Another of our favorite restaurants in the zocalo. A table at one of these restaurants provides best show in town. Religious events, political demonstrations, street musicians, vendors hawking their wares, concerts in the kiosco or in front of the nearby Catedral, clowns, jugglers, mimes, and much more provided an ever-changing and seemingly endless performance. Best of all, it was free, except for the price of a cup of coffee or soft drink or inexpensive meal if we chose.
Oblivious to the passing spectacle, a Oaxaqueño enjoys a book. This fellow sat at the table next to us at the restaurant shown above. I sneaked a peek at the book and was amused that he was reading a Spanish-language version of F. Scott Fitzgerald stories.
The ex-Palacio Gobierno, now a museum, was closed during our visit. A series of on-going political disputes led to closure of the ex-Palacio as well as its adornment with various protest signs which can be seen in the background. Since, as labor and community organizer, I spent 30 years of my life organizing just such protests, I was very interested in what was going on. Over the course of our visit, we figured out a good deal of it. In one of my upcoming blog postings on Oaxaca we will take a look at these disputes and the high level of political activism for which Oaxaca is known. The ex-Palacio served as the state government headquarters until 2005, when it was turned into a museum dedicated to diversity. The original gothic-style Palacio Gobierno was opened in 1728. The government functions have been transferred to a building on the north side of the zocalo, across from the Catedral, which used to be a warehouse. There are reputed to be wonderful murals inside the ex-Palacio, but as it was closed, we never saw them.
An indigenous woman, dressed in the brilliant clothing of her village. There were quite a number of women with identical outfits in the immediate area, and as far as I could tell they were Mixtecas from the village of San Juan Copala. They had come partly to protest the military occupation of their village, and partly to sell their handicrafts in the zocalo. Oaxaca is widely known for its wonderful, and brilliantly colored, handwoven clothing. The intense red of her dress is probably from a dye called cochineal made from insects which infest the nopal cactus. In a later posting, we will examine the weaving process which produces beautiful garments like this.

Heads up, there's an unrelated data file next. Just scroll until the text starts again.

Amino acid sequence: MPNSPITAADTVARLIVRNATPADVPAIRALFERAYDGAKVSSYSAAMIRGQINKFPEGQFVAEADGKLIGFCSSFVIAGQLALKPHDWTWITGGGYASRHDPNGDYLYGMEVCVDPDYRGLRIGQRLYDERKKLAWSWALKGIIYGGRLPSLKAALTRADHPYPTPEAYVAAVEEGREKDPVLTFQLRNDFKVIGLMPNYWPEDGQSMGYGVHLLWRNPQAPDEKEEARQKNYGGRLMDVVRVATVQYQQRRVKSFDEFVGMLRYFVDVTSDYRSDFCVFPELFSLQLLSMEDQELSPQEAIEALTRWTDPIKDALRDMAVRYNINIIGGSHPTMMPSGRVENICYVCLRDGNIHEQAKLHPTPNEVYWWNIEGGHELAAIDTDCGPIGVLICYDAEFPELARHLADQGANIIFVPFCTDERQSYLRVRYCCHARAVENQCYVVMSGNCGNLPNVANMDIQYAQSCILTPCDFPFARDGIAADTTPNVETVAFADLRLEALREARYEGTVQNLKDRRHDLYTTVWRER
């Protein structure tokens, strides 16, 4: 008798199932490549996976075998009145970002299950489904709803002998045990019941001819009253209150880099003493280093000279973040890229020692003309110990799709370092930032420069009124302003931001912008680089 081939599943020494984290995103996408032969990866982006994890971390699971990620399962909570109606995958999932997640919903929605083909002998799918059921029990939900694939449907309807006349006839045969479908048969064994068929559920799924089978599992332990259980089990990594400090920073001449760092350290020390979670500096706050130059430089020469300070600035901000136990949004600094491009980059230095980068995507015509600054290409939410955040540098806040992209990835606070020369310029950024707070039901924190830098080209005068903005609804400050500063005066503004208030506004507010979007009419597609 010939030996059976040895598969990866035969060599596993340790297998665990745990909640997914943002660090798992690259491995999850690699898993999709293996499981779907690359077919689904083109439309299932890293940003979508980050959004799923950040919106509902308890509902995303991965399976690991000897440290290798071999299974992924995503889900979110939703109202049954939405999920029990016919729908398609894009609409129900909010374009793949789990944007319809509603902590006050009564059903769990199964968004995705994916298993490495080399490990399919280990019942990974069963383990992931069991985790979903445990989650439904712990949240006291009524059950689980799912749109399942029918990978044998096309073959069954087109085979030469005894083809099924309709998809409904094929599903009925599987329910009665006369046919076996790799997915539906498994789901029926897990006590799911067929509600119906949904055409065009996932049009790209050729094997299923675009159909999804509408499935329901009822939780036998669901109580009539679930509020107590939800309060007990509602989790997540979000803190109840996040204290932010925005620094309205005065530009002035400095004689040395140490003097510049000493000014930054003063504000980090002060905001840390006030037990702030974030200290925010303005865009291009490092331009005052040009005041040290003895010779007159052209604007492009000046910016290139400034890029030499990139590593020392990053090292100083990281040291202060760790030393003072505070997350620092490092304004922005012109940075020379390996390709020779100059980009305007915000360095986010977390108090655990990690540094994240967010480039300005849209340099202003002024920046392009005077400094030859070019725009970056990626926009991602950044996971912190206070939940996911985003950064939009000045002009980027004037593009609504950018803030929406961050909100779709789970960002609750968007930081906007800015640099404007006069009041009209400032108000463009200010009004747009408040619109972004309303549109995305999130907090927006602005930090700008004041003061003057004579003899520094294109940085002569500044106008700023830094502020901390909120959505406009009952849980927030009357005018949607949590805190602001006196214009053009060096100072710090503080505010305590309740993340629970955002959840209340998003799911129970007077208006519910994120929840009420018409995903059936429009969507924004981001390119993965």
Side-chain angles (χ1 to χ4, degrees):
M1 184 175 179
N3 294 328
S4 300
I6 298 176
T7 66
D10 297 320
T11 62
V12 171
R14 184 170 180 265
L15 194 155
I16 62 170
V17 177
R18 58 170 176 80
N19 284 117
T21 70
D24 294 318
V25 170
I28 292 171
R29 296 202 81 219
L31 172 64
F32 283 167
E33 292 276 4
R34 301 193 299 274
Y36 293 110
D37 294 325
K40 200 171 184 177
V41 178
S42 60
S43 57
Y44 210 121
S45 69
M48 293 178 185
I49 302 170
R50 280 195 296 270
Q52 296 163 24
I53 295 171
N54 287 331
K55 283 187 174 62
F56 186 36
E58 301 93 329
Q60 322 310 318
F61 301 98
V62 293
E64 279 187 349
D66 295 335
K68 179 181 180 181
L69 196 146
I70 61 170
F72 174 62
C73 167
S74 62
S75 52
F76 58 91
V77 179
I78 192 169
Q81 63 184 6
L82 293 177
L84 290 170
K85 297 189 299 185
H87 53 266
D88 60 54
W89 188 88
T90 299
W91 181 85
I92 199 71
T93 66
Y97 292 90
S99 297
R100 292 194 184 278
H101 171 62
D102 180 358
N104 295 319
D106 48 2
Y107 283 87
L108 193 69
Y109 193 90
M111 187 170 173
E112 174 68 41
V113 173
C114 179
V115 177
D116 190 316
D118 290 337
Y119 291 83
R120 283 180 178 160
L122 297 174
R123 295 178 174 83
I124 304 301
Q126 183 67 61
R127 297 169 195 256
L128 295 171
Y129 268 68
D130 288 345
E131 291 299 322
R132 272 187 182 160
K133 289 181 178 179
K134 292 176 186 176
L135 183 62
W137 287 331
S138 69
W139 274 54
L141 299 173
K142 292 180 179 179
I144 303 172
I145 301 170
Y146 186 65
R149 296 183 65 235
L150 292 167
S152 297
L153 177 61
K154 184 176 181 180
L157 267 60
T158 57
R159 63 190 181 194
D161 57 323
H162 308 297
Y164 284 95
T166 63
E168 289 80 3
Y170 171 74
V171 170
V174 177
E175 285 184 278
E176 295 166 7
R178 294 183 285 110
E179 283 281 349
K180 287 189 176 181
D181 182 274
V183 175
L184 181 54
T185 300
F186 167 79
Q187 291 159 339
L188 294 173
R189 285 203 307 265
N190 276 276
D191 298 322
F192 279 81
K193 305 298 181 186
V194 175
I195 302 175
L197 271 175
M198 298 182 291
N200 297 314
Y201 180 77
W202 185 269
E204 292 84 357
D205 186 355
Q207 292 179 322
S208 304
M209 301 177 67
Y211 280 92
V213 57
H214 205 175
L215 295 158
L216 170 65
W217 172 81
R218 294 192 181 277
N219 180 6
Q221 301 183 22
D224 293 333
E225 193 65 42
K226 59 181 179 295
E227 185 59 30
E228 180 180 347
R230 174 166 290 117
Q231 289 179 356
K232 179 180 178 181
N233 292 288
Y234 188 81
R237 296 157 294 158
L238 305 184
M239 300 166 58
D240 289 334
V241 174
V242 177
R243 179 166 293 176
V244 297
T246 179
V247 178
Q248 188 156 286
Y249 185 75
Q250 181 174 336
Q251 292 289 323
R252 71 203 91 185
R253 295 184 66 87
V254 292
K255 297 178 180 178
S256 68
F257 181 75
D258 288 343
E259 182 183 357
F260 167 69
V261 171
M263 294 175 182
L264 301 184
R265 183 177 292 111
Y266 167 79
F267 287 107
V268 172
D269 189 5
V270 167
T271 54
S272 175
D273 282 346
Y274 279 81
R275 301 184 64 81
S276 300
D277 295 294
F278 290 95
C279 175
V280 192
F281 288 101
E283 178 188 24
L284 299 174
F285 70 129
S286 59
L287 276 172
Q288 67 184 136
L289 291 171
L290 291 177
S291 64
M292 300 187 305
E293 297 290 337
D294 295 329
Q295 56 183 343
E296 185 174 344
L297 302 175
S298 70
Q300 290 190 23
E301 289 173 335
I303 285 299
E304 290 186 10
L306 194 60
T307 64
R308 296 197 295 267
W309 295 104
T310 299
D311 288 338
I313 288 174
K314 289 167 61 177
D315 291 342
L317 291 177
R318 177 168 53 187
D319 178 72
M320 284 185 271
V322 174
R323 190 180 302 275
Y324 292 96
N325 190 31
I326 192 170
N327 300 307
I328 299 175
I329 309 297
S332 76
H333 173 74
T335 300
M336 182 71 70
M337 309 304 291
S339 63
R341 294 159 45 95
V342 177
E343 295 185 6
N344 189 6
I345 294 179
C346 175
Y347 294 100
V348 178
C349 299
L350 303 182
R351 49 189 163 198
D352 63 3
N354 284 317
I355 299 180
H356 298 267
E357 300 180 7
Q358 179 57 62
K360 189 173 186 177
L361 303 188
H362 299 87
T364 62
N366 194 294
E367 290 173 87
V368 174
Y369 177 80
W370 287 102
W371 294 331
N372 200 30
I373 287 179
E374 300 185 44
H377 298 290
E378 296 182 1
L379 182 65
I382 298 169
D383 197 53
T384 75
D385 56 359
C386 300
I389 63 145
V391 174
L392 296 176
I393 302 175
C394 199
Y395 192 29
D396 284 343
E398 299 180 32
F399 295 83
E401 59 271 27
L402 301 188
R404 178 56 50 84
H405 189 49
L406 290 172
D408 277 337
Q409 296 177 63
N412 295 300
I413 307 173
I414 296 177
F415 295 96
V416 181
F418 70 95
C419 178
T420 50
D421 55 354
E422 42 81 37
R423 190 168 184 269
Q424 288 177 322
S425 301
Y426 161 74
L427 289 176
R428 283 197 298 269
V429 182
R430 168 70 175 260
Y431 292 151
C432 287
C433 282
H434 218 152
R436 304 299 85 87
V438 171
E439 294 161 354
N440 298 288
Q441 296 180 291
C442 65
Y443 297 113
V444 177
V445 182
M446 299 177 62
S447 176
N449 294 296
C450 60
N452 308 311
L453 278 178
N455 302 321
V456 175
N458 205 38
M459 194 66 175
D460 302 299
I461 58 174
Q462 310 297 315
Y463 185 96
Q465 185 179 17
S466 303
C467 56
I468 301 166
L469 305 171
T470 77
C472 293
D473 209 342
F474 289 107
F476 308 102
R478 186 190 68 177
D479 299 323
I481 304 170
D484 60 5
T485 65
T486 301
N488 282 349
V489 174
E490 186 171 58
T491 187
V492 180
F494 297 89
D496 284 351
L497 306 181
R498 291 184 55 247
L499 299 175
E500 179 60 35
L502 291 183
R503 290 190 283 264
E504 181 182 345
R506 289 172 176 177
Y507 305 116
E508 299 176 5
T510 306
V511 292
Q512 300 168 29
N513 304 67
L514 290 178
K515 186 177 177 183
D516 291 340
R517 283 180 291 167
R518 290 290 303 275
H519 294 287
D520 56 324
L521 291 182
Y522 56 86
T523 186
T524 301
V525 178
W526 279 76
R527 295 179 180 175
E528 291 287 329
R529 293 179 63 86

Hotel Monte Albán hosts the Guelaguetza, a production of folk dances from around Oaxaca. The Hotel Monte Albán was named after the famous pre-hispanic ruins outside Oaxaca. It sits on the corner of the Alameda Léon park facing the Catedral. The hotel was built in the 18th Century as the town home of some Spanish grandee. The material used was andesite, a green volcanic stone unique to the State of Oaxaca which was much favored by architects in Oaxaca over the centuries. A sign advertising the Guelaguetza can be seen on the balcony at the upper left. Although the hotel's advertising claims a daily show, they require a minimum of 10 people to make reservations in advance and apparently there was not enough interest because we were turned away the two times we attempted to see it. It was a shame, because the Guelaguetza is internationally famous. Maybe next time...
The patience of age. As I was sitting at my table in one of the sidewalk restaurants, I spotted this elderly woman across the walkway. She was sitting quietly and with great dignity as she waited for customers to buy her small selection of brightly painted children's toys. The markings on her face are birthmarks. I was glad to see she eventually did sell some of her items.
Late 19th Century architecture graces a good deal of Oaxaca. Above, some upscale stores line Hidalgo street which leads directly to the zocalo. The blue building on the left is Restaurant Casa de la Abuela, "Grandma's House". The various mountain ranges which criss-cross the state from the north, east, and west, along with the variation of ecological zones from tropical Pacific beaches, to semi-desert, to high mountain valleys, have given Oaxaca the highest level of biological diversity in Mexico, with 8,400 plant species, 738 bird species, and 1,431 vertebrates, and 120 species of fish. Together, these account of 50% of all species in Mexico. Unfortunately Oaxaca is also listed among the top 5 areas in the world with the most endangered species.